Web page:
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(Epic Economist)—If you’re worried about your finances, you’re far from alone. U.S. banks are warning that a credit crisis worse than 2008 is on the horizon, and it is coming at the worst possible time for American families. Credit card issuers are about to tighten lending standards even further, making it more difficult for consumers to get loans and have access to credit at a time when 77%, or more than three in four, households report feeling anxious about their money situation.
Not only households are having a harder time making ends meet, but getting out of debt is becoming increasingly difficult. No wonder more Americans are going bankrupt. Compared to a year ago, the number of personal bankrupcies is 18% higher.
Everyone seems to be dealing with financial setbacks. That’s why we are relying more on credit cards to get by than ever before. And people are not resorting to credit just to make big-ticket purchases, as they used to do in the past. They are having to use their credit cards for basic necessities such as rent, energy, and groceries.
The New York Federal Reserve revealed that the typical household now carries $10,170 credit card debt. In the past quarter alone, nationwide credit card debt swelled by $43 billion – the second-largest increase on record. On the other hand, in September, 60% of respondents to the New York Fed’s Survey of Consumer Expectations said that their ability to get loans is lower than it was a year ago. That’s because the credit crisis banks have been warning about has already begun.
In recent months, credit card companies have been reporting extensive losses due to the rise in credit card debt delinquencies and defaults. Borrowers are facing mounting challenges to pay their balances in full each month. In all, americans owe more than $1 trillion on credit cards, a record high. Goldman Sachs said on Friday that credit card issuers’ financial losses caused by delinquencies and defaults rose by 3.64% in the past three months.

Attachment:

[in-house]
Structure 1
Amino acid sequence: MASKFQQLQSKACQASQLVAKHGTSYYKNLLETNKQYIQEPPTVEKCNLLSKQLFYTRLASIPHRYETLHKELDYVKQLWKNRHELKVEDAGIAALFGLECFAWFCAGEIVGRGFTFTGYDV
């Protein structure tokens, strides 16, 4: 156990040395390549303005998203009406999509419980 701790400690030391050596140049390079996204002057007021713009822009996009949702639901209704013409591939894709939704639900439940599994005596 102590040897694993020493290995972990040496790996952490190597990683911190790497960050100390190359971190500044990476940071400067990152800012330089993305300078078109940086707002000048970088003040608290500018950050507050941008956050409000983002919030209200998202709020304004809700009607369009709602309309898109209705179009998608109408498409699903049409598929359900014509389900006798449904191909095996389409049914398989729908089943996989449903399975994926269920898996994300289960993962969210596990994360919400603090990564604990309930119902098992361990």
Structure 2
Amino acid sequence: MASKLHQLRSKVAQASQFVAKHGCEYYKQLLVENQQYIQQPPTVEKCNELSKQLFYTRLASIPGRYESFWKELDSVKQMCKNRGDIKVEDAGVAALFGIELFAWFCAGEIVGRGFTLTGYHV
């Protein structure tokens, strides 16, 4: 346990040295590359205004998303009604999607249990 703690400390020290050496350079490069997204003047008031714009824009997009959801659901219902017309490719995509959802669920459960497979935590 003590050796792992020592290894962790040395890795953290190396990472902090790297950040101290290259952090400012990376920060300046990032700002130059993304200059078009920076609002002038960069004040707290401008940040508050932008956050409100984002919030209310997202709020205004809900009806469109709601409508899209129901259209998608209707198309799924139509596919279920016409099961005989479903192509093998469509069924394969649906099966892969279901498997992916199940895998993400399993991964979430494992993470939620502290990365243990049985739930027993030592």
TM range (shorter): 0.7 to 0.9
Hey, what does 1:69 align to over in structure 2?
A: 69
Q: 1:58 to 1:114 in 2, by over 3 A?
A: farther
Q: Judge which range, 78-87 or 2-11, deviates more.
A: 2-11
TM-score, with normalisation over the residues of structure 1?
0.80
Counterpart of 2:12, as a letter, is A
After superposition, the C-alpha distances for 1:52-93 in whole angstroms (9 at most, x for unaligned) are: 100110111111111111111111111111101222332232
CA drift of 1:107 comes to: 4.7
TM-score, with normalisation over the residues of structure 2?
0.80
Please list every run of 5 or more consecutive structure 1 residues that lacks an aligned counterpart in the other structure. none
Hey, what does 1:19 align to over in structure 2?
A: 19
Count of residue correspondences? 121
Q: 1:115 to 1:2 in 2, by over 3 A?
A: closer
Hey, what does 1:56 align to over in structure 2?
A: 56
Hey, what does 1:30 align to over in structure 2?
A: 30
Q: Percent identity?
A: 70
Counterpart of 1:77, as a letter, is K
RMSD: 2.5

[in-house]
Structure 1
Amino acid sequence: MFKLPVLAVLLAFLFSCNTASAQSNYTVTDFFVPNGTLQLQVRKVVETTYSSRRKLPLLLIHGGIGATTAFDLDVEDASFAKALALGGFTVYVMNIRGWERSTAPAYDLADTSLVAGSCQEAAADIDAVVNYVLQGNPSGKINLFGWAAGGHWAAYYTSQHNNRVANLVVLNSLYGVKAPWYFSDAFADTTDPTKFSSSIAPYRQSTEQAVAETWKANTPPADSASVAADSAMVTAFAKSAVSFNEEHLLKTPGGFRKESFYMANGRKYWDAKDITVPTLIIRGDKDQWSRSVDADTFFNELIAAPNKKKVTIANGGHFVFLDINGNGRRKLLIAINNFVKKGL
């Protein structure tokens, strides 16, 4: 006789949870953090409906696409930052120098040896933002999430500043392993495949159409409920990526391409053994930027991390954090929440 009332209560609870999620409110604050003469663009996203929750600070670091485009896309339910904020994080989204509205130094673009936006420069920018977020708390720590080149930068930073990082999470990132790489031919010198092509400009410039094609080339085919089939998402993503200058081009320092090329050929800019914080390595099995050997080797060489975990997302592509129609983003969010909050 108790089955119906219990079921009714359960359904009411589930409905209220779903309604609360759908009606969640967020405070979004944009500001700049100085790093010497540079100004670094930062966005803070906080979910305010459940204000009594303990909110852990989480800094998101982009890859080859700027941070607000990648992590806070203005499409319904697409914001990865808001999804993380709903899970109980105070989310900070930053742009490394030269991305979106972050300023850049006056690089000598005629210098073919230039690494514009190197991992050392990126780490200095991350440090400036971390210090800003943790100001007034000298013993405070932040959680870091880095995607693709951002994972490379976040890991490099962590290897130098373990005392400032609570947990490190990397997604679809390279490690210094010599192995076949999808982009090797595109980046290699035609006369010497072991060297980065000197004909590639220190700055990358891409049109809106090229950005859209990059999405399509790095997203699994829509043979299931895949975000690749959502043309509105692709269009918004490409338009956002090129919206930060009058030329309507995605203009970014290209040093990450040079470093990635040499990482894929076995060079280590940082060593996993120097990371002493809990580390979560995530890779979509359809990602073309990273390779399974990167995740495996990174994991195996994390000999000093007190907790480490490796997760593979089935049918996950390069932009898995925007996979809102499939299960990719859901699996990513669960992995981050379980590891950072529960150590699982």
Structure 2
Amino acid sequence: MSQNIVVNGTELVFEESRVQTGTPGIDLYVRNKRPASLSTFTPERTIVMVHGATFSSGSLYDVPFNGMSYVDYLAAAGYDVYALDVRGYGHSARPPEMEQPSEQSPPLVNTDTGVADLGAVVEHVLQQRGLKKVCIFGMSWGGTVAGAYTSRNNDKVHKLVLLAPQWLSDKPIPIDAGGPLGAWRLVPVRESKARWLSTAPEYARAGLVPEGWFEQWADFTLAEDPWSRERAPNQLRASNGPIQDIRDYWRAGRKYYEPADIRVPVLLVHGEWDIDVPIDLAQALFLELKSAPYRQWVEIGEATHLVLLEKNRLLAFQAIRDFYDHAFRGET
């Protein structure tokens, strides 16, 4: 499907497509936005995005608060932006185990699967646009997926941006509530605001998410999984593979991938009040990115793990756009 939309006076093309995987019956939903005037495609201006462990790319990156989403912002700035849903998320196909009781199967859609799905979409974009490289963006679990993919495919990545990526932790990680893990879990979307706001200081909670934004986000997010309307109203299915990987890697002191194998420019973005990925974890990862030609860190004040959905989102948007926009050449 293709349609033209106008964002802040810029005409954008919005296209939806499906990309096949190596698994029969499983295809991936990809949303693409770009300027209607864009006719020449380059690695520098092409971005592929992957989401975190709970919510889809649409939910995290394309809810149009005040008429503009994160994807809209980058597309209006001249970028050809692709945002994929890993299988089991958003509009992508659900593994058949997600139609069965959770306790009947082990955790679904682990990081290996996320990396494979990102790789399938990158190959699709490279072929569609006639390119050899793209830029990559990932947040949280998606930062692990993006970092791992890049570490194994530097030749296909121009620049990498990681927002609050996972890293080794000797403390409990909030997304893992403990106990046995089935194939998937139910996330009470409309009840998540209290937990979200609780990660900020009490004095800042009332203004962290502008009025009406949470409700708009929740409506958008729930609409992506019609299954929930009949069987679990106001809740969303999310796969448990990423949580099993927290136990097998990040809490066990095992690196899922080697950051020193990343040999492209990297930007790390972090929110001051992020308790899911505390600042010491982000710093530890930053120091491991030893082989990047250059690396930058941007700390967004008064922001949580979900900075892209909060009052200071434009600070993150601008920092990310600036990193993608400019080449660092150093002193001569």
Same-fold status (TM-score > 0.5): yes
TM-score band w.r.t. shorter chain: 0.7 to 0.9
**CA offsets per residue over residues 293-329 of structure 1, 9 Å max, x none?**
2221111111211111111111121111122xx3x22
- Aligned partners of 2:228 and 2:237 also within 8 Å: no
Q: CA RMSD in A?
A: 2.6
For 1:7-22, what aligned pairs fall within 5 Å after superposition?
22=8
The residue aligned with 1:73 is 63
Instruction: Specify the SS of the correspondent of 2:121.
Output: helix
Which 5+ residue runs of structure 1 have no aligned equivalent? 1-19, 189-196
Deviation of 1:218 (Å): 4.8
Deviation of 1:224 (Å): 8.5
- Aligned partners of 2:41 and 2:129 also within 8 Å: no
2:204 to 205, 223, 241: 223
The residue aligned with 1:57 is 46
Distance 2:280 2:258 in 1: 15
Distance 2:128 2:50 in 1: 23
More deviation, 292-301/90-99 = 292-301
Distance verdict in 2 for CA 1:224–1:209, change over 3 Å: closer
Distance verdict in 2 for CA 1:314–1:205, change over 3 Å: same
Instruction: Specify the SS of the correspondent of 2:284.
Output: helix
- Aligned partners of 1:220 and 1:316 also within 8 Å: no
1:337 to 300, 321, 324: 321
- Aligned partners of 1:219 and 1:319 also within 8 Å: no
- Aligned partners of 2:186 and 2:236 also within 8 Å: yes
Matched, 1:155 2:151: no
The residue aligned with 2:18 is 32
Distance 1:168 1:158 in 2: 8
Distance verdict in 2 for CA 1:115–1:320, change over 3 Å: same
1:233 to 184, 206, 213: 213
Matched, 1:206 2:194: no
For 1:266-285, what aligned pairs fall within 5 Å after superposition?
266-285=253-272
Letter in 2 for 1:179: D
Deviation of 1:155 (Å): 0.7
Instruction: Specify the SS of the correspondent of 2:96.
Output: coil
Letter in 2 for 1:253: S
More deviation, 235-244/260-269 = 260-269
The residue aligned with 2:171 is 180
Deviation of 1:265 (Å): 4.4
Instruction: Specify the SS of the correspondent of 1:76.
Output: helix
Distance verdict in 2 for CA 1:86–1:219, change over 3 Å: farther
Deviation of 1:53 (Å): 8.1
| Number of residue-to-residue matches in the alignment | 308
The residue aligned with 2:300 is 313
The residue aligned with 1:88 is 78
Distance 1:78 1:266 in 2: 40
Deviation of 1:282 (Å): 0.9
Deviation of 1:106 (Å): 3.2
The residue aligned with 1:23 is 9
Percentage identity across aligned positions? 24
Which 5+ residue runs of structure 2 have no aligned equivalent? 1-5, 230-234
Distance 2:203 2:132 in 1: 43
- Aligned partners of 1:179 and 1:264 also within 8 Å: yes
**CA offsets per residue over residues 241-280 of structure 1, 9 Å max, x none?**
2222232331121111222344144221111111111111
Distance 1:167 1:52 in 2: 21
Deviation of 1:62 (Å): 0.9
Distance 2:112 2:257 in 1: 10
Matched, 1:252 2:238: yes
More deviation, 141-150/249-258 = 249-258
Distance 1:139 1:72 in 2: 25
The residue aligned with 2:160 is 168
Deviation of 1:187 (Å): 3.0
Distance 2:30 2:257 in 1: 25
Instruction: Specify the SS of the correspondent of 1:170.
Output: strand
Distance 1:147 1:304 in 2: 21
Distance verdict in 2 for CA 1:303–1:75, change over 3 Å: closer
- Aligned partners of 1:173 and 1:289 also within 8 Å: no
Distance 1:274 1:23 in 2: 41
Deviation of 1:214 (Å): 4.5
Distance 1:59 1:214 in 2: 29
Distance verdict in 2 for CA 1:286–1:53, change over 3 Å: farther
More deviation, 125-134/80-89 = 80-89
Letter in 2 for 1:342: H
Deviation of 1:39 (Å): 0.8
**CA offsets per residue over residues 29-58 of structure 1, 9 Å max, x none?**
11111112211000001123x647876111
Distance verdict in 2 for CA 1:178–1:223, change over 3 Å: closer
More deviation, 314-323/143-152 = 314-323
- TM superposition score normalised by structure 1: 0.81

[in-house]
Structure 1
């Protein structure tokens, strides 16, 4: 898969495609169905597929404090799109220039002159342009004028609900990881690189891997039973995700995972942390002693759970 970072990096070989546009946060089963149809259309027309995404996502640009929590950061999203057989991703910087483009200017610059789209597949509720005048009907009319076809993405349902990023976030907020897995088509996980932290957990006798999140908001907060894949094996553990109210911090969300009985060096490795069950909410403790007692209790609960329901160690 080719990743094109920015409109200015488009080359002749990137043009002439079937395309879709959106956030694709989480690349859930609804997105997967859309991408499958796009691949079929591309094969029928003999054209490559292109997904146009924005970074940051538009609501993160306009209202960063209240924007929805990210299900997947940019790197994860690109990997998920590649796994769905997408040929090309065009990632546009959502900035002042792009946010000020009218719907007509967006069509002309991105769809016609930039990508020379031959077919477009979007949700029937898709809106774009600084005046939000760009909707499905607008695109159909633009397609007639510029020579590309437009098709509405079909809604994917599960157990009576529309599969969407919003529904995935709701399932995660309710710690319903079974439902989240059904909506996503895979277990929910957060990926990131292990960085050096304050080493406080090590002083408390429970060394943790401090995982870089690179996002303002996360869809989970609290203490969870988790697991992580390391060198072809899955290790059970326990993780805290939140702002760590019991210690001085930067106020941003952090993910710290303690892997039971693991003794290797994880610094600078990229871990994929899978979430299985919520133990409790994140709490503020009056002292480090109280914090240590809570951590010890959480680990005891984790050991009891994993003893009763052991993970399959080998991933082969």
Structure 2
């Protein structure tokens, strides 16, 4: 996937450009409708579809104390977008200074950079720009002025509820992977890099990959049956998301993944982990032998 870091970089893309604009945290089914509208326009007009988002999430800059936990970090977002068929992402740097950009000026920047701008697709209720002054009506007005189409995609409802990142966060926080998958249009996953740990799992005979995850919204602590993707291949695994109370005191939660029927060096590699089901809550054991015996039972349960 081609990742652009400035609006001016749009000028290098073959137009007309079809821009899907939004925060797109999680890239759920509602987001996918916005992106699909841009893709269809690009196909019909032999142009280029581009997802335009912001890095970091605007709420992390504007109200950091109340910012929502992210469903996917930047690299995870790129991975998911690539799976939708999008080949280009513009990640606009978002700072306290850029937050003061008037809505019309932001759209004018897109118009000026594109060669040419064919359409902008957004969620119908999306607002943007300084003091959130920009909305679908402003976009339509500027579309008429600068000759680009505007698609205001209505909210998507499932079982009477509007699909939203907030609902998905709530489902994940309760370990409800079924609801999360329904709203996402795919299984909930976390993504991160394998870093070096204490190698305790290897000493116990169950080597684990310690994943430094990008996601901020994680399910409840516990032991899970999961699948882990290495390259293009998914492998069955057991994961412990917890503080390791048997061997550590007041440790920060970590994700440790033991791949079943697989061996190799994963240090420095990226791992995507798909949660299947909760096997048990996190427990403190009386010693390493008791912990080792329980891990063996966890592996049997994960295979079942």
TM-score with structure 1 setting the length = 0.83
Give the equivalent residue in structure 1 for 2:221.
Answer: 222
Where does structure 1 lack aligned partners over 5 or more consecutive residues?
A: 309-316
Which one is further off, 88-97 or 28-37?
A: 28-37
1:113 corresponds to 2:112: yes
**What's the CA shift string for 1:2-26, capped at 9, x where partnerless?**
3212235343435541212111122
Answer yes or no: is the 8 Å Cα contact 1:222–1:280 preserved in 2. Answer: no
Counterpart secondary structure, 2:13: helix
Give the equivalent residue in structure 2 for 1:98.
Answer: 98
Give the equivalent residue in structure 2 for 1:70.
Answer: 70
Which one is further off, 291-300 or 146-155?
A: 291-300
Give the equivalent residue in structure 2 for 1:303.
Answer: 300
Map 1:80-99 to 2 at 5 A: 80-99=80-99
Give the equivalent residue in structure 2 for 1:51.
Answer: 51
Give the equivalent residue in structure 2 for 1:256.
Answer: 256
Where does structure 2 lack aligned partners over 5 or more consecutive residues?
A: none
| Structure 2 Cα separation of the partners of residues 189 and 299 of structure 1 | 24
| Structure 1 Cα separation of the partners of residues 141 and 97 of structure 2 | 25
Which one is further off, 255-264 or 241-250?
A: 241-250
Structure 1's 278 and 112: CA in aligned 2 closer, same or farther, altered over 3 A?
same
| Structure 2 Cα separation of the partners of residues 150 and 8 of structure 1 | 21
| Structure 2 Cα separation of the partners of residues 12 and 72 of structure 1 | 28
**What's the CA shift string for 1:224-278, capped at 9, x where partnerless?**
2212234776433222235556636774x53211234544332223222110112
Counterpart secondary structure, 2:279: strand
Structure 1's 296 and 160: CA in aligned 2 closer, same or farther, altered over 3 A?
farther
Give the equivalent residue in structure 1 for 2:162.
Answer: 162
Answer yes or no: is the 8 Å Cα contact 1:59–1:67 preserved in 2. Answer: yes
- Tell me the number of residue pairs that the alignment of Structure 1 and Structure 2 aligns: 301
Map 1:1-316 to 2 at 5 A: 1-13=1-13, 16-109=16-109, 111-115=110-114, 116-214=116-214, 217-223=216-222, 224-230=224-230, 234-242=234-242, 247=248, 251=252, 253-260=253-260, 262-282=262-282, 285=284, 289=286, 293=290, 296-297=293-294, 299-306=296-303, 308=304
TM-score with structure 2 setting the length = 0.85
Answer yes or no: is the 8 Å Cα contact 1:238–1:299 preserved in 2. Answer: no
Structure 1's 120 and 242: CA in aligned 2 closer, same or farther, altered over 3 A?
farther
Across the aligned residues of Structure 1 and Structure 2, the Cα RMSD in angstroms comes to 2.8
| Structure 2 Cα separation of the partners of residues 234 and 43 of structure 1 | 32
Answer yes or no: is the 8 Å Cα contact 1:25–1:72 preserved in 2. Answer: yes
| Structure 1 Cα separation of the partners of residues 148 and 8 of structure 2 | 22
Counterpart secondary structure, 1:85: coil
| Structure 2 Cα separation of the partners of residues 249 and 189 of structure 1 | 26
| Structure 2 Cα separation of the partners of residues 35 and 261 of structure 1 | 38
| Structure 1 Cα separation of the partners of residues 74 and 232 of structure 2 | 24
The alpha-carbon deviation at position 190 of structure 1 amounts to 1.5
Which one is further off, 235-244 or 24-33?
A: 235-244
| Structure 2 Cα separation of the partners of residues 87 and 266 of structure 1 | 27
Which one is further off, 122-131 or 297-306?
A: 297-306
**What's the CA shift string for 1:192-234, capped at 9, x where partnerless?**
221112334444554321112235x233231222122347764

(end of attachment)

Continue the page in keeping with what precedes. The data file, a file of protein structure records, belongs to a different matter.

The bank’s analysts see them rising another 1.3 percentage points to 4.93% in October.”Losses have been climbing quickly since early 2022, jumping at speeds not seen since the 2008 financial crisis,” Goldman emphasized.
With more banks announcing tighter lending standards, many consumers will become more financially insecure, especially those who rely on overdrafts to cover short-term financial needs and unexpected expenses and maintain their purchasing power. This situation has put already-struggling banks on edge.
Fears of a full-blown credit crunch and the resulting negative impact on households, businesses, and the U.S. economy are at an all-time high. During a credit crunch, loans become tougher to get. Banks that offer them might do so with more onerous terms like abnormally high-interest rates or other restrictions — making such financing more costly.
At this point, banks are doing whatever they can to stay afloat, because this time around, there will be no rescuing or bailing out from the Federal Reserve. According to Bloomberg, we may face potentially dire consequences due to the administration’s continued inability to manage its finances. That matters because it shows that the government does not have the means to lift the country out of a crisis like it did in 2008. So if more people become delinquent on their debt and more financial institutions fail, there will be no safety net protecting our economy from collapsing.